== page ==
Kyrgyzstan: tour guides receive international certification

BISHKEK (TCA) — Guides from Kyrgyzstan have received certification from the World Federation of Tourist Guide Associations (WFTGA), an organization that unites over 200,000 tour guides from 70 countries. Thirty-one tour guides received certificates after completing a series of training courses organized by the Association, with support from the United States Agency for International Development (USAID), the US Embassy in Bishkek said.

WFTGA certification will help local tour guides to provide international-level service and improve tourism experiences in Kyrgyzstan, thus making Kyrgyzstan a more desirable destination for international tourists.

During the training, tour guides learned techniques for planning and conducting guided tours, as well as ways to better research, document, and relay facts about cultural and historical sites. They also had a chance to improve their presentation, interpretation, and group management skills through real-life guided tours in and around Bishkek.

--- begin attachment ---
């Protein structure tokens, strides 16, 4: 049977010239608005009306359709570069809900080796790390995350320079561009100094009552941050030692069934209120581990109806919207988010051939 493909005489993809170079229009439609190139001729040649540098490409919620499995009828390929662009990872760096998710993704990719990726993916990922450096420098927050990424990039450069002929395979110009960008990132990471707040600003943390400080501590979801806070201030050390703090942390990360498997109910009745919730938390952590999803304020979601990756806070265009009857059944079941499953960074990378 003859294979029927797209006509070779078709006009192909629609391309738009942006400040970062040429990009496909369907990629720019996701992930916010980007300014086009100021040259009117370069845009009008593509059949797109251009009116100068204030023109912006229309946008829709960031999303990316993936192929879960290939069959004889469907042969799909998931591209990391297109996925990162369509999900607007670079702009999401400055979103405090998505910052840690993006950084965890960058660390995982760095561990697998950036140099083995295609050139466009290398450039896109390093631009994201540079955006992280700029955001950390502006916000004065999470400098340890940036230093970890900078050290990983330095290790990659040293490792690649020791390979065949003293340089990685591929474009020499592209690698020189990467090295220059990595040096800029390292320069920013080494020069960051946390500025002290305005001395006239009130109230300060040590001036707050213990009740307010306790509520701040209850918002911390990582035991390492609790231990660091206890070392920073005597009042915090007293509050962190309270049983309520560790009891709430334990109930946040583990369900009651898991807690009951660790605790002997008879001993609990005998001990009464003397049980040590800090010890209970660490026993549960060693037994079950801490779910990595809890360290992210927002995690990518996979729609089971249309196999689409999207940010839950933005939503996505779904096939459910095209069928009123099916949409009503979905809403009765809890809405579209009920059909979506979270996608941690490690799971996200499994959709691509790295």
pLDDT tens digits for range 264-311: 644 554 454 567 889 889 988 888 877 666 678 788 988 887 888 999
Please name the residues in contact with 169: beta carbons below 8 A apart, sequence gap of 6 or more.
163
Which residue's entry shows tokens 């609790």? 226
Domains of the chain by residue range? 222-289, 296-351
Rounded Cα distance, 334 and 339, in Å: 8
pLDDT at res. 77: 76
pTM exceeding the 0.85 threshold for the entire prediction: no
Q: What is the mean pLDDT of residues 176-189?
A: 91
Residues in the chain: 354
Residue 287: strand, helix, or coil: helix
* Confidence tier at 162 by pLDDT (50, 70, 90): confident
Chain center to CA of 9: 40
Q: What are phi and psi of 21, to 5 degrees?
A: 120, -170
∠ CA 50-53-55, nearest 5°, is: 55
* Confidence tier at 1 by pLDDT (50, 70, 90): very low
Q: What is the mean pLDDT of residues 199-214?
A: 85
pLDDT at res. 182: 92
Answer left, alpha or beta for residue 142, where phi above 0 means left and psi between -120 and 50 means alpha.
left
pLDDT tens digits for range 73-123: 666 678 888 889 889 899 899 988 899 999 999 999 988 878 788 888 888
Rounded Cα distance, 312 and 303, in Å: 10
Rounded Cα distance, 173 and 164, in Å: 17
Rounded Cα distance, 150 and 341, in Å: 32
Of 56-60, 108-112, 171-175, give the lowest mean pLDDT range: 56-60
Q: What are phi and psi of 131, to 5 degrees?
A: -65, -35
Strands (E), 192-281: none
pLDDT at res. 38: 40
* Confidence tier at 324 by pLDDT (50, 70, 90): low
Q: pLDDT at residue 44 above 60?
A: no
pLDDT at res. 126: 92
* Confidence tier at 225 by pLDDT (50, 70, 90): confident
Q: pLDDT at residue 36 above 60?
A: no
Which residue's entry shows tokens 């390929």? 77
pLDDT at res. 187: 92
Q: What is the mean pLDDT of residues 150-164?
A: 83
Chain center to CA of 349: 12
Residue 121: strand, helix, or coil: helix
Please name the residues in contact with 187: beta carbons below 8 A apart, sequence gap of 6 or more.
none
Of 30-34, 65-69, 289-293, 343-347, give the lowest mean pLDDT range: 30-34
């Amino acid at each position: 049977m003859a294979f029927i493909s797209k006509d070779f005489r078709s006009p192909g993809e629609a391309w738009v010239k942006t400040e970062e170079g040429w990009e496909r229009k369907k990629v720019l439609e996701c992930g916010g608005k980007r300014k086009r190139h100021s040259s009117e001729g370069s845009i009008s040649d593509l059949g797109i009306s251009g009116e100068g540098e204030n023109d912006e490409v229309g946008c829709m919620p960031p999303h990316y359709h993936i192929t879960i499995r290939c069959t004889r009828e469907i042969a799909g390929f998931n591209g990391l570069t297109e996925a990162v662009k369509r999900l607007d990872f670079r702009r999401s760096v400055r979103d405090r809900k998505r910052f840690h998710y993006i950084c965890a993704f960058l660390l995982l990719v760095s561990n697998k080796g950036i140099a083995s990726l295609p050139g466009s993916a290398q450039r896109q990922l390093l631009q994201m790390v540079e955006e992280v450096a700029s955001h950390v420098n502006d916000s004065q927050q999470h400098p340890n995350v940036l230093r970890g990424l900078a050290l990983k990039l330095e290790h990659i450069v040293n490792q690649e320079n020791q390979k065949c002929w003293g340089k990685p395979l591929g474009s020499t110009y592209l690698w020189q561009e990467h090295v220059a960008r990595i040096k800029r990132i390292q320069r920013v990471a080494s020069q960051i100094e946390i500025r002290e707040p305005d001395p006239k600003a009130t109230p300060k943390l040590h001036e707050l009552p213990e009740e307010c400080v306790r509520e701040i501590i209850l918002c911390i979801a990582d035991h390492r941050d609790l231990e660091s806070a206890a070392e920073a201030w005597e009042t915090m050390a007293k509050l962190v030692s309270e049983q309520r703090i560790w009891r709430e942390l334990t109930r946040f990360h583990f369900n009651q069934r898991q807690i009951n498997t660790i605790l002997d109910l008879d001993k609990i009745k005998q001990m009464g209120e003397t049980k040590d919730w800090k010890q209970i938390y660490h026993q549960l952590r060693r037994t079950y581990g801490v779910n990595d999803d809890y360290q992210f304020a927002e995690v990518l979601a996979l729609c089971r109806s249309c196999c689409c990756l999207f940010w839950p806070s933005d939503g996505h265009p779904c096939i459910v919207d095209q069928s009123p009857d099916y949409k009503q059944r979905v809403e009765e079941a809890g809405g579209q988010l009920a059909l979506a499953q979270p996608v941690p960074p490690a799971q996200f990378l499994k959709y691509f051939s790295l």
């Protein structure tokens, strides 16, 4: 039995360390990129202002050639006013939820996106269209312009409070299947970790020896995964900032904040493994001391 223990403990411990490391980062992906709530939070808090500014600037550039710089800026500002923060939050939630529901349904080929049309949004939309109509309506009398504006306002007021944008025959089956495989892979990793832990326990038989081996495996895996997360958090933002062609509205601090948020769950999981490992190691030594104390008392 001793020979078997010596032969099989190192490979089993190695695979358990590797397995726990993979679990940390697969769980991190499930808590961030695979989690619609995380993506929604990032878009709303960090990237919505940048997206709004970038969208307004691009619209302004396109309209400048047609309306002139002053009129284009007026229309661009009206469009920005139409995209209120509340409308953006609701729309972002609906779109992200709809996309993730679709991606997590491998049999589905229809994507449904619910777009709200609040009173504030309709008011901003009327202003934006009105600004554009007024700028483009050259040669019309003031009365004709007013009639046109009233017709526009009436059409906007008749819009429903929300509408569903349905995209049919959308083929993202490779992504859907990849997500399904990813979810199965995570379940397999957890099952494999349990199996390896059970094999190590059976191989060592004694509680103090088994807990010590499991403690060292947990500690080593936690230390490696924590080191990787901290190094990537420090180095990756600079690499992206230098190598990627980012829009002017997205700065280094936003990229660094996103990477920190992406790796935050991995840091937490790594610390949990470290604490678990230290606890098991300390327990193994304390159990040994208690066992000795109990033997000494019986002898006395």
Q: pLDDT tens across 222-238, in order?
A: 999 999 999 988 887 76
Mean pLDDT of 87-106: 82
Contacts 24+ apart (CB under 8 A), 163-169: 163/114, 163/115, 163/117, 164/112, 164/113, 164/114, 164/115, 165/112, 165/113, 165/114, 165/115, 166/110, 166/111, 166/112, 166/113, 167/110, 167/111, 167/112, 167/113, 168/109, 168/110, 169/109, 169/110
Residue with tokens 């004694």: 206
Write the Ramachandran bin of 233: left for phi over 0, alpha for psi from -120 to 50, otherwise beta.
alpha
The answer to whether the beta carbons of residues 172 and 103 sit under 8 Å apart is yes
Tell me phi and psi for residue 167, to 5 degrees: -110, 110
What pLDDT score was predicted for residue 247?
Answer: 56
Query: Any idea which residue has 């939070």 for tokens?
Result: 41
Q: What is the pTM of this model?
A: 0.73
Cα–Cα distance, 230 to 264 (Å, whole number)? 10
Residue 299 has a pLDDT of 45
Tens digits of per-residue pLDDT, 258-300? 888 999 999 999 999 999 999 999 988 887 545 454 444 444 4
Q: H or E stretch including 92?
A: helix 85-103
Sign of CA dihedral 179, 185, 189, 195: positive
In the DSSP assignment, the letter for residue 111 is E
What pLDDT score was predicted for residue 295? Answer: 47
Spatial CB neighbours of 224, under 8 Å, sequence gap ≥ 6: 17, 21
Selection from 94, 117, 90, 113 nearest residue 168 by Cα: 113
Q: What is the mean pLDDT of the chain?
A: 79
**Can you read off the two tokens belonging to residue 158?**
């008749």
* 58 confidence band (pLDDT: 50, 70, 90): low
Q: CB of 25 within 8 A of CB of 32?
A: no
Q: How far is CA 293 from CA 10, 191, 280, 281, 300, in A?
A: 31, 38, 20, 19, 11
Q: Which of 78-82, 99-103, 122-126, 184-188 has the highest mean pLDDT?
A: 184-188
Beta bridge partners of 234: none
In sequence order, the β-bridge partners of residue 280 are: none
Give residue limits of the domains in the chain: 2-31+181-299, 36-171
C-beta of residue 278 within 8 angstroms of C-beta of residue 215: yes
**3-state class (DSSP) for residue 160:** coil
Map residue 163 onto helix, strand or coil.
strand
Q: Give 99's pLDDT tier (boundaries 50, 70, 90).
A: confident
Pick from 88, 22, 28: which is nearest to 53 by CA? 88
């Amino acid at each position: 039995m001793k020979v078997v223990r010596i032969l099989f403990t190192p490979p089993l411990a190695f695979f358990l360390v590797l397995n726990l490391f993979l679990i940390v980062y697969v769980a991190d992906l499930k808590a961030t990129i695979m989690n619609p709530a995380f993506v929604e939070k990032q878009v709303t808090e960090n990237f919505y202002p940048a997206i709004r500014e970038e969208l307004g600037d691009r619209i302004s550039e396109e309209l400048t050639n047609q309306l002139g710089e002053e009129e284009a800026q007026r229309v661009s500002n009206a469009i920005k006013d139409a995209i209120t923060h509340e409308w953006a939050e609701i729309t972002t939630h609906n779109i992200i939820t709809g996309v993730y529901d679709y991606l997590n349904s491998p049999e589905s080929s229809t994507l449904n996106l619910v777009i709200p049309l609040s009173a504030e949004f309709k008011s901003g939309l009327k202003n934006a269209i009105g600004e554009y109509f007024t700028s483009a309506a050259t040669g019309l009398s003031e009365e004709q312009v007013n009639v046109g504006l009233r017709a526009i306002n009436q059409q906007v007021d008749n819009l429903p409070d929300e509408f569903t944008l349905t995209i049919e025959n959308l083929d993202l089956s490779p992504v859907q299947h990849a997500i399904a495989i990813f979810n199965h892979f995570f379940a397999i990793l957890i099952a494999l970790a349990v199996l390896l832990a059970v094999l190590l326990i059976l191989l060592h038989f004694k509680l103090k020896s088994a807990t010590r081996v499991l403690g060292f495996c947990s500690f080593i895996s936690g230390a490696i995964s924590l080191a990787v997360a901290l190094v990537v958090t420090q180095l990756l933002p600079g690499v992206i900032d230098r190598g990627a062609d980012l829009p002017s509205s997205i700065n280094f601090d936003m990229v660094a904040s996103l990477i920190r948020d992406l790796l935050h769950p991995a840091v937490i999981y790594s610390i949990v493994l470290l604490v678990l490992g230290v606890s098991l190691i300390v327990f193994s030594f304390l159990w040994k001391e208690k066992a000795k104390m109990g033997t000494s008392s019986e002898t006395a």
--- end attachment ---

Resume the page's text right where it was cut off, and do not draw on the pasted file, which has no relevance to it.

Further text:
Eighteen of the participants also received trainer status as a result of taking additional specialized training, which enables them to conduct courses similar to those offered by WFTGA.

Tour guides play an essential role in the tourism sector as Kyrgyzstan’s ambassadors to tourists. Earlier this year, USAID’s Business Growth Initiative (BGI) project organized the largest-yet training for trekking guides from all over the country.

This certification is a part of USAID’s broader effort to promote Kyrgyzstan as a tourism destination in the international market. USAID’s BGI project has facilitated Kyrgyzstan’s participation in major international tourism fairs, invited numerous travel bloggers and media, and trained local businesses to meet international standards. The goal of the project is to strengthen key economic sectors in the Kyrgyz Republic, including tourism, agriculture, and apparel.

Sergey Kwan


Sergey Kwan has worked for The Times of Central Asia as a journalist, translator and editor since its foundation in March 1999. Prior to this, from 1996-1997, he worked as a translator at The Kyrgyzstan Chronicle, and from 1997-1999, as a translator at The Central Asian Post.
Kwan studied at the Bishkek Polytechnic Institute from 1990-1994, before completing his training in print journalism in Denmark.

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